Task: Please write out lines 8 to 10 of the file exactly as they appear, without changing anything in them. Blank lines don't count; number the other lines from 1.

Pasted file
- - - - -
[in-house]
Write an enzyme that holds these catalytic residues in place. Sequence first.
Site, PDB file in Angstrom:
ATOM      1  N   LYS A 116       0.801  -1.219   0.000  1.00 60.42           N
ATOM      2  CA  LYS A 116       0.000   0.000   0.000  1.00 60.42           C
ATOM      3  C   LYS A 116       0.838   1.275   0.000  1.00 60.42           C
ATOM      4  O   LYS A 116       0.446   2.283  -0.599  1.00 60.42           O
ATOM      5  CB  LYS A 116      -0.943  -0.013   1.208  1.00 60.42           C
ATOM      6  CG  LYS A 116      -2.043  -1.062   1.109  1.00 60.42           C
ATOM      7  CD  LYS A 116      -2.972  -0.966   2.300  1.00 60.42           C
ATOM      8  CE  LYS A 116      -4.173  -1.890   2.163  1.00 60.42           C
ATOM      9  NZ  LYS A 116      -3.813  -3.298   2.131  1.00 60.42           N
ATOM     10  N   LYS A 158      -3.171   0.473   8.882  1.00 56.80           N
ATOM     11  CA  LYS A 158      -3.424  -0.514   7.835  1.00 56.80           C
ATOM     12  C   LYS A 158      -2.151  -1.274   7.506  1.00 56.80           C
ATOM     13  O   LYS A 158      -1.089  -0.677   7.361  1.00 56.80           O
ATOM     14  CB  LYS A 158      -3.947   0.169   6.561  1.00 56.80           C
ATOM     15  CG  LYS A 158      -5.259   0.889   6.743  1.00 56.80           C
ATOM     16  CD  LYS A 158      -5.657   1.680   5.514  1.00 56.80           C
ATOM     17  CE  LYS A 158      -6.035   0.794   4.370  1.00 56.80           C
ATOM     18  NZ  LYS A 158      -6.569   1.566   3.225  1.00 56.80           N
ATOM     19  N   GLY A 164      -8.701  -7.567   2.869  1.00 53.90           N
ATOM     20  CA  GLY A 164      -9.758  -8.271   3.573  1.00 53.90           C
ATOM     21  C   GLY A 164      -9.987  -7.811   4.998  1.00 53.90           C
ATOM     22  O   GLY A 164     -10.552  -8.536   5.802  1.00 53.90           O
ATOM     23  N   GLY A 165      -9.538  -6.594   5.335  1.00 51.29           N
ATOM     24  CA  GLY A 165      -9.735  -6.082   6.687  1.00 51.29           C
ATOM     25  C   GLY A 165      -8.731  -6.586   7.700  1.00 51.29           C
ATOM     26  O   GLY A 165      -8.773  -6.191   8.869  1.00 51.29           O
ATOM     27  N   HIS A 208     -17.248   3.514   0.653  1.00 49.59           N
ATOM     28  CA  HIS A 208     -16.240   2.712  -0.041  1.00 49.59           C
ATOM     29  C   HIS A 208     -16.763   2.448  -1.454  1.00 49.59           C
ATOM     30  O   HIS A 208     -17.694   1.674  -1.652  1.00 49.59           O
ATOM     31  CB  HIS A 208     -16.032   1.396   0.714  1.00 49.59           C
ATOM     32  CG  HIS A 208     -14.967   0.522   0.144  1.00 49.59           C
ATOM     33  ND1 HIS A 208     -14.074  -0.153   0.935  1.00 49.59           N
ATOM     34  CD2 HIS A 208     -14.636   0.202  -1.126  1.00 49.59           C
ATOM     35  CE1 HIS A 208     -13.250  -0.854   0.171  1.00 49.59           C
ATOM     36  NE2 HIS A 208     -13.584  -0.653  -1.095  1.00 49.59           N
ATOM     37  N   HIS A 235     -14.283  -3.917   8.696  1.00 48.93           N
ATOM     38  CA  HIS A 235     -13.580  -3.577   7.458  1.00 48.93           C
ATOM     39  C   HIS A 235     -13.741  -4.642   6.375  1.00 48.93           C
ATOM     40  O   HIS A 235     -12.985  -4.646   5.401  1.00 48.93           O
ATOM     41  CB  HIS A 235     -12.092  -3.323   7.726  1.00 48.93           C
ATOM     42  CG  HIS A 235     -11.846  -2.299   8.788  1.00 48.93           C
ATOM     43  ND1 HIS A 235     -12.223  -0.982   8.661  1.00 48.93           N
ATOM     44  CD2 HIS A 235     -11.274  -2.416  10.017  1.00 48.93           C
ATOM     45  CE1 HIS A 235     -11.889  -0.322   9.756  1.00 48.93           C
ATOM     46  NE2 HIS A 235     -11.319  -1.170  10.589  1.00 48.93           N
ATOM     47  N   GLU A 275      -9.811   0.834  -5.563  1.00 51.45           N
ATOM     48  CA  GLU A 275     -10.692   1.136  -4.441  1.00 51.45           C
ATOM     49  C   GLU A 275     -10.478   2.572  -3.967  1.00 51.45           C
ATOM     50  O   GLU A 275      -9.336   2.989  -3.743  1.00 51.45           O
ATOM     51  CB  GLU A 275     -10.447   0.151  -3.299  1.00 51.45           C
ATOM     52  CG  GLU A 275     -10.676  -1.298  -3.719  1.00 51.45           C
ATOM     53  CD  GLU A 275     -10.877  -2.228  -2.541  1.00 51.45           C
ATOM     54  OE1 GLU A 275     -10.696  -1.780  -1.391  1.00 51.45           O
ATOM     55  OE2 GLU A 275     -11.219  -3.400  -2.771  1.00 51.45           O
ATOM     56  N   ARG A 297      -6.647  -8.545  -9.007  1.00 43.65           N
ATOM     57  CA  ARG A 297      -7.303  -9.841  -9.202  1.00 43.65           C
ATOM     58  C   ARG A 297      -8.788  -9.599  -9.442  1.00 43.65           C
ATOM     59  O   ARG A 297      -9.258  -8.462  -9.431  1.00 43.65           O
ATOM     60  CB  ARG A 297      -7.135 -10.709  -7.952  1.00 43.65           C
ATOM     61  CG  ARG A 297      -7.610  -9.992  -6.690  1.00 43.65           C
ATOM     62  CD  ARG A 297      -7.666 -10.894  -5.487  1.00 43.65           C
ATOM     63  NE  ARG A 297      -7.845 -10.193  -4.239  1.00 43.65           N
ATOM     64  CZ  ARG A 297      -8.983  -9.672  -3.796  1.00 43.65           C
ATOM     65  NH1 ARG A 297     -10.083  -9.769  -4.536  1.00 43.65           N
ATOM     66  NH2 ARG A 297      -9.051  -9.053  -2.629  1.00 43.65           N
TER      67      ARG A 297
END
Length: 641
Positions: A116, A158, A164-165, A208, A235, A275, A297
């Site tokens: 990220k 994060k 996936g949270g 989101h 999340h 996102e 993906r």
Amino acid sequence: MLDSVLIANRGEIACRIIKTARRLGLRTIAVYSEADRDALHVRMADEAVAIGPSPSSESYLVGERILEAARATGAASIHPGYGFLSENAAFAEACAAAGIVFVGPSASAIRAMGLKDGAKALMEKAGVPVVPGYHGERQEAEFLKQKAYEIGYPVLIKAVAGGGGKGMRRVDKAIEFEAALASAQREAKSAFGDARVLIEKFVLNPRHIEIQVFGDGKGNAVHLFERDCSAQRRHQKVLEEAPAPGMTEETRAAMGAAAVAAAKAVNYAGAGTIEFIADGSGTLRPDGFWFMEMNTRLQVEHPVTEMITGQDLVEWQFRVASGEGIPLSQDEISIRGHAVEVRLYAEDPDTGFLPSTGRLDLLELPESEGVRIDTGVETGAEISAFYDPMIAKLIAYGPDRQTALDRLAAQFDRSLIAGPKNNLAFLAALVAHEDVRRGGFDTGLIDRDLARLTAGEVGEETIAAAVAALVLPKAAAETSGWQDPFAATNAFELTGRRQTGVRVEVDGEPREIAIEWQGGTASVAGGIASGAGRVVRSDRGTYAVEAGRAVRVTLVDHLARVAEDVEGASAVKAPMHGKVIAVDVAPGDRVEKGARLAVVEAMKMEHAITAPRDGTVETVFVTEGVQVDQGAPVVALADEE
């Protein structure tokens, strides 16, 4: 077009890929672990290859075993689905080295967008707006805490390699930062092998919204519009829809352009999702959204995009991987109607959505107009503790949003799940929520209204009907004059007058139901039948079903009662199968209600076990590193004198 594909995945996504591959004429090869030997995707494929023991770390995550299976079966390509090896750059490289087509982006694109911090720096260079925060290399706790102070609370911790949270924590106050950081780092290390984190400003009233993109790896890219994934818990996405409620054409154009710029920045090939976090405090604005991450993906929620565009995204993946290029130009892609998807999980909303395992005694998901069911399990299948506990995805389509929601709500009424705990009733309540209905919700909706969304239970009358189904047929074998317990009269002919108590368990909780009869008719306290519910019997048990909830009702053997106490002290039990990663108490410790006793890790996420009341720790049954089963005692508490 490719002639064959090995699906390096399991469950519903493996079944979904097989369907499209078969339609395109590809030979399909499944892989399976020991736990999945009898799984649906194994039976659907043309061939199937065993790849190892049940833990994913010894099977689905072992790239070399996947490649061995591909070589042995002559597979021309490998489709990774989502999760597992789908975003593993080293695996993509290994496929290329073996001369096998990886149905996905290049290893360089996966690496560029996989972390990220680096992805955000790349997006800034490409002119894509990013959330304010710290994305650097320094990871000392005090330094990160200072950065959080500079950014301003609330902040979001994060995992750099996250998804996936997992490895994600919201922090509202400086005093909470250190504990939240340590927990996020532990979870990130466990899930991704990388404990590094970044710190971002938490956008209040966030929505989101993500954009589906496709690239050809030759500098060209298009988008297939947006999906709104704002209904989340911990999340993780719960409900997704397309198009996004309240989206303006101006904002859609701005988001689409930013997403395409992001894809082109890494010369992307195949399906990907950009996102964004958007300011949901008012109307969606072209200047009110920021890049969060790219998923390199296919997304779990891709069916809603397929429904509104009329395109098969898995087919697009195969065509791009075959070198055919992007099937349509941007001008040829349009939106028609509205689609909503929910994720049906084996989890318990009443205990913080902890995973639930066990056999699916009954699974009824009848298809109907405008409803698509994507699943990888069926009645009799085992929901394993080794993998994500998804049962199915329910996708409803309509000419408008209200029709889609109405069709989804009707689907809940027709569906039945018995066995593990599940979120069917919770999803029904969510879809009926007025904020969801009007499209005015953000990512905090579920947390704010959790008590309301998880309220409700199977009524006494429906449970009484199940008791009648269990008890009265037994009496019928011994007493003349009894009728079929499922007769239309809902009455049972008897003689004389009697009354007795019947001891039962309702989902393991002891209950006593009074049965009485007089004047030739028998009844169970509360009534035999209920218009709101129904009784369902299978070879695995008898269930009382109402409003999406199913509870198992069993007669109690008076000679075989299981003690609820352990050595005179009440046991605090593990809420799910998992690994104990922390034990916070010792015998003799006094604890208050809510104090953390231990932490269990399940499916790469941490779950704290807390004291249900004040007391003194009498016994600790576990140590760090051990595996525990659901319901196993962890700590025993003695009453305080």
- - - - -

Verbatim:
ATOM      5  CB  LYS A 116      -0.943  -0.013   1.208  1.00 60.42           C
ATOM      6  CG  LYS A 116      -2.043  -1.062   1.109  1.00 60.42           C
ATOM      7  CD  LYS A 116      -2.972  -0.966   2.300  1.00 60.42           C